What You Need to Know About an Endometrial Ablation

What You Need to Know About an Endometrial Ablation

If you experience extremely heavy periods or bleeding that lasts longer than eight days, endometrial ablation can help or even eliminate your menstrual bleeding. Endometrial ablation may also be recommended if you have bleeding between periods or if your bleeding is so heavy that it causes you to be anemic. It is often recommended as a treatment for excessive blood loss during your period. Prior to recommending an endometrial ablation, your healthcare provider may suggest using certain birth control medications or an intrauterine device (IUD) to treat the problem, but if these options are not possible for you or don’t help, endometrial ablation may be an alternative.

excessive monthly bleeding

Causes of Excessive Menstrual Bleeding

Menstrual bleeding problems may be caused by:

  • Hormonal imbalance
  • Fibroids
  • Polyps
  • Cancer of the endometrium or uterus

It is important to note that endometrial ablation isn’t generally recommended for postmenopausal women or women who have cancer of the uterus (or have an increased risk of it.) Certain abnormalities of the uterus or an active pelvic infection are also conditions for which endometrial ablation isn’t generally a recommended therapy.

Access to the Uterus in Endometrial Ablation

Endometrial ablation does not involve incisions in the skin, so it is not categorized as a surgery. Many types of endometrial ablation can be performed in a healthcare provider’s office. Your healthcare provider will access your uterus through the vagina. The opening in your cervix will need to be dilated in order to allow for the passage of the instruments used in endometrial ablation. This can be accomplished with medication or the insertion of a series of rods that gradually increase in diameter.

Types of Endometrial Ablation

Your healthcare provider will remove or destroy the endometrium utilizing one of several methods:

  • Electricity: an electric current conducted through a wire loop or rollerball onto the uterus lining to destroy it. This requires general anesthesia.
  • Fluids (hydrothermal): uses heated saline fluid is pumped into the uterus for approximately ten minutes to destroy the lining. This method is often used for women who have an irregular-shaped uterus resulting from abnormal tissue growth like intracavity lesions or uterine fibroids.
  • Balloon therapy: utilizes a thin tube (catheter) with a balloon at the end inserted into the uterus. The balloon is filled with heated fluid, which destroys the uterine lining in two to ten minutes.
  • High-energy radio waves (radiofrequency ablation): electrical mesh is inserted into the uterus and expanded. The provider then sends an electrical current made by radio waves through the mesh to destroy the uterine lining in one to two minutes.
  • Cold (cryoablation): uses a probe to create ice balls to freeze the uterine lining. Ultrasound allows the doctor to monitor the creation of the ice balls. Each freeze cycle can require up to six minutes. The number of cycles required is related to the size and shape of your uterus.
  • Microwaves (microwave ablation): utilizes microwave energy set via a thin probe to destroy the lining in three to five minutes.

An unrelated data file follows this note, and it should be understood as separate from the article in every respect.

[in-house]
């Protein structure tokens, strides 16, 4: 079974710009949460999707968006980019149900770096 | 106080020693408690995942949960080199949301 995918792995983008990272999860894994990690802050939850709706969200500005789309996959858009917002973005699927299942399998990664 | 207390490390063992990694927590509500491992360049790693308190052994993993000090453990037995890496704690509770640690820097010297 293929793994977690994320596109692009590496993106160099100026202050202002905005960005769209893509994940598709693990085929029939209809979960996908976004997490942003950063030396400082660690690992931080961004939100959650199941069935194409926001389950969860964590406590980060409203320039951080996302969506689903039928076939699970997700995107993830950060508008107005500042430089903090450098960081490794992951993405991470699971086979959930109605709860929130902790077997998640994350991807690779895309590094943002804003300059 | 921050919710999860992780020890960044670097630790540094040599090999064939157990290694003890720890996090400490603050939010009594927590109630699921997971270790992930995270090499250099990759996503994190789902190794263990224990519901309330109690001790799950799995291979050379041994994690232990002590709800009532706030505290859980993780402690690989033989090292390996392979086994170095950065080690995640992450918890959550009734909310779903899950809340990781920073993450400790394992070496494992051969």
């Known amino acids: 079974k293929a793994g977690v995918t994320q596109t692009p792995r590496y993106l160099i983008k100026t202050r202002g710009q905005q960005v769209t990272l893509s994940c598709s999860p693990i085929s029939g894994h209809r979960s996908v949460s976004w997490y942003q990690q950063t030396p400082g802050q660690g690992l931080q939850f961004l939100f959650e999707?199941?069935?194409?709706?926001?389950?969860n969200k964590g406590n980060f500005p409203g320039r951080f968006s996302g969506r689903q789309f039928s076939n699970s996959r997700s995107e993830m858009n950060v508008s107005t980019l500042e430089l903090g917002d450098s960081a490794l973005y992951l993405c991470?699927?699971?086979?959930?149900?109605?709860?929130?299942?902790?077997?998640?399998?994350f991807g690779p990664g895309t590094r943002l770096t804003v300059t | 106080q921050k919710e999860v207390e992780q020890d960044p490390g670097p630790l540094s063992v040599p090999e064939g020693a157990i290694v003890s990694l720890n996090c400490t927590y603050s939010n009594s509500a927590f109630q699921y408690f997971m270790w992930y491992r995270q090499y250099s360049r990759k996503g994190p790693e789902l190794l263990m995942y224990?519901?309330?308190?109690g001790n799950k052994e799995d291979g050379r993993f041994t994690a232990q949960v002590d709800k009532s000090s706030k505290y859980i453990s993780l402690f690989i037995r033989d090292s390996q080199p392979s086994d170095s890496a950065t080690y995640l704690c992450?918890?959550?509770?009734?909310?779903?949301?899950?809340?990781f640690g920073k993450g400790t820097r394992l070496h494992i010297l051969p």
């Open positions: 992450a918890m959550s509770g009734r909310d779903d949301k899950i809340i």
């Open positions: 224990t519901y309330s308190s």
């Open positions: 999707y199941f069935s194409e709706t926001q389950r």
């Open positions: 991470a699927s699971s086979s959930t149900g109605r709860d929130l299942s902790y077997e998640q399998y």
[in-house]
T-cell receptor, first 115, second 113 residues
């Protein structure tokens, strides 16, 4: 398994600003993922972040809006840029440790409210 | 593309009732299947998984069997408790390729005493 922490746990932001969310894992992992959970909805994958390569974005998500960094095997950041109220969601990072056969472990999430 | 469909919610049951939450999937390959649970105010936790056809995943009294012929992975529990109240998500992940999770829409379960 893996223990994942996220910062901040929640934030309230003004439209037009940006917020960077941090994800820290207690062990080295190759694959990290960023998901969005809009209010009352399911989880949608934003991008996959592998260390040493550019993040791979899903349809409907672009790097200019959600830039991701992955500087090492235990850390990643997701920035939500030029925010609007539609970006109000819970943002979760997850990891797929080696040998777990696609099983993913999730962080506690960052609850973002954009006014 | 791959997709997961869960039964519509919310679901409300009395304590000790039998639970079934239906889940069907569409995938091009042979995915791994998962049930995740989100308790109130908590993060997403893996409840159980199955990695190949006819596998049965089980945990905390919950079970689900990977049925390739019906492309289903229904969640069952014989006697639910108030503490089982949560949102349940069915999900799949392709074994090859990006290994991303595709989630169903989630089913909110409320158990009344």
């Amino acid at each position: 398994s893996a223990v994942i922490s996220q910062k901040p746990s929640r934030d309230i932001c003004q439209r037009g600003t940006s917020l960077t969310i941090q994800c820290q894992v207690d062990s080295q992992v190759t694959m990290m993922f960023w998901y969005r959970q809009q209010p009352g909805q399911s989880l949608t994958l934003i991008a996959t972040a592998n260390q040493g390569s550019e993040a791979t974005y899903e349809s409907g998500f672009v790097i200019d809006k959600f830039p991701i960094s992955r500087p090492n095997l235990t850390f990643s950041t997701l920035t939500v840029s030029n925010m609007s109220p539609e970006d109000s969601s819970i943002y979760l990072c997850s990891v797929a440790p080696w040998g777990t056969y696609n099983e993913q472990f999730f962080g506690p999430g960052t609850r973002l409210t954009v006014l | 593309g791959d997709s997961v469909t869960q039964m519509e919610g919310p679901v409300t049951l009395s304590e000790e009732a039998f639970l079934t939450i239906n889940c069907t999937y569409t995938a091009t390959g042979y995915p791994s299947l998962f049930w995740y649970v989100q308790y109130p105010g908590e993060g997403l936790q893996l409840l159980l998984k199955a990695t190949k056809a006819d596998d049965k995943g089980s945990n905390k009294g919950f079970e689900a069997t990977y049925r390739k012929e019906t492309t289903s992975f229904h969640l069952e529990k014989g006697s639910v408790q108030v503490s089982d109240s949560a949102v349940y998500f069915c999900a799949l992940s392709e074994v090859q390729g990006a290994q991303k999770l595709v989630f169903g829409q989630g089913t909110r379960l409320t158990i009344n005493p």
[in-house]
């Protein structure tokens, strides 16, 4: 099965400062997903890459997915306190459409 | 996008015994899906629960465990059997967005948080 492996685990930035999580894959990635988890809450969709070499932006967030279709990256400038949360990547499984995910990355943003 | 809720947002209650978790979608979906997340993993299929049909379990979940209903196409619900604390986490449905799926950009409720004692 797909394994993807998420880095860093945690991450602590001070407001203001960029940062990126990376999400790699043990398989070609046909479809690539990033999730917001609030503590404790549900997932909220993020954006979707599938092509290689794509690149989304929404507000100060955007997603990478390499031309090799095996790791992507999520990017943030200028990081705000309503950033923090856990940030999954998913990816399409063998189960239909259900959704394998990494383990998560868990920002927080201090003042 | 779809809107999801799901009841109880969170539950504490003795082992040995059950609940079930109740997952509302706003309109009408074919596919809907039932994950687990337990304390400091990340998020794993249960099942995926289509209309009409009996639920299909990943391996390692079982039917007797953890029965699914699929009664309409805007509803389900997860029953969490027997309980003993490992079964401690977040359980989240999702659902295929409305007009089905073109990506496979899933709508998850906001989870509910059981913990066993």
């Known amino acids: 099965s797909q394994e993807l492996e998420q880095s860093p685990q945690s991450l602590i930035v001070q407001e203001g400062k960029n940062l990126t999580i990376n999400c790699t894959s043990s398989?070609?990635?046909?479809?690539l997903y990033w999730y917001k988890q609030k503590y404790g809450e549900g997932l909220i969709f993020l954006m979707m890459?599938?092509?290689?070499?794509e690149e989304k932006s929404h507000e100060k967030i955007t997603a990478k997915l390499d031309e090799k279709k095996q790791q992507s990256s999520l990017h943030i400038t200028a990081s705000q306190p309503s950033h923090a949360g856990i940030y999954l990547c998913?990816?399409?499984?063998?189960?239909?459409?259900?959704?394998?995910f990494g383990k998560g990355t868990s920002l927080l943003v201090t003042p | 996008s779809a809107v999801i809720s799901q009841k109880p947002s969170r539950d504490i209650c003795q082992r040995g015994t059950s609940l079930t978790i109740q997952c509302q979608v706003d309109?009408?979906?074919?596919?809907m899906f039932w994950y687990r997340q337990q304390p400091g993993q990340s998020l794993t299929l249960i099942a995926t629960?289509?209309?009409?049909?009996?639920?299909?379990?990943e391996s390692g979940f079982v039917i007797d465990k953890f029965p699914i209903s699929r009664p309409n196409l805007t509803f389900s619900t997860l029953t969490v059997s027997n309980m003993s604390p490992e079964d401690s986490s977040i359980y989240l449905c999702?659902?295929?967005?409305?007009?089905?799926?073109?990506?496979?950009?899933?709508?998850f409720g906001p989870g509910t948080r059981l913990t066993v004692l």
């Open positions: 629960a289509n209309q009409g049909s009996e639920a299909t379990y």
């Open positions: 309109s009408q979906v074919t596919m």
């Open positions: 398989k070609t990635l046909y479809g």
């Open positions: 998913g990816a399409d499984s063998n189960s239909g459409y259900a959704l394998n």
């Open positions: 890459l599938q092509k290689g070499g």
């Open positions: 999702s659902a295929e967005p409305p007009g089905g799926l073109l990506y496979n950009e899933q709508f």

If needed, your provider can view the inside of your uterus using a tool called a hysteroscope during the procedure and use a camera on the hysteroscope to record it. A liquid or carbon dioxide gas to fill the uterus may be employed to enable a clearer view.

After Endometrial Ablation

After endometrial ablation, you might experience:

  • Menstrual-like cramps for a few days. Over-the-counter medications such as ibuprofen or acetaminophen can help relieve cramping discomfort.
  • A watery vaginal discharge with blood. This discharge is usually heaviest for the first few days after the procedure and may continue for a few weeks.

Happy young woman

For Dr. White’s outpatient procedures, you will need to arrange for someone else to drive you home. For the first 24 hours after the treatment, it is common to have to urinate more often than usual. You may want to wear a sanitary pad for the vaginal bleeding that typically occurs after the procedure.

It might take a few months to see the final results, but endometrial ablation usually reduces the amount of blood lost during menstruation. Most women will have lighter periods, and some will stop having periods entirely. As this procedure is not a sterilization procedure, it is very important to continue to use a reliable form of birth control. Although a pregnancy may still be possible, it is very likely to be problematic, such as an ectopic pregnancy, and end in a miscarriage because of the damage to the uterine lining. Some types of sterilization procedures can be performed at the same time as endometrial ablation.

Risks involved with Endometrial Ablation

Complications of endometrial ablation are rare. However, possible complications can include:

  • Overloading of fluid into the bloodstream
  • Bleeding
  • Infection
  • Heat or cold damage to nearby organs
  • A puncture injury of the uterine wall or bowel from surgical instruments

Be sure to inform Dr. White or your healthcare provider if you are allergic to or sensitive to medicines, iodine, or latex. You will also want to discuss any other risks you may have based on your individual healthcare conditions.


Endometrial ablation greatly reduces or eliminates menstrual bleeding. However, it is important to discuss the details of your health condition and future fertility plans with your healthcare provider prior to considering the procedure. If endometrial ablation is a good fit for you, it is often a very helpful treatment and has a small risk of complications.

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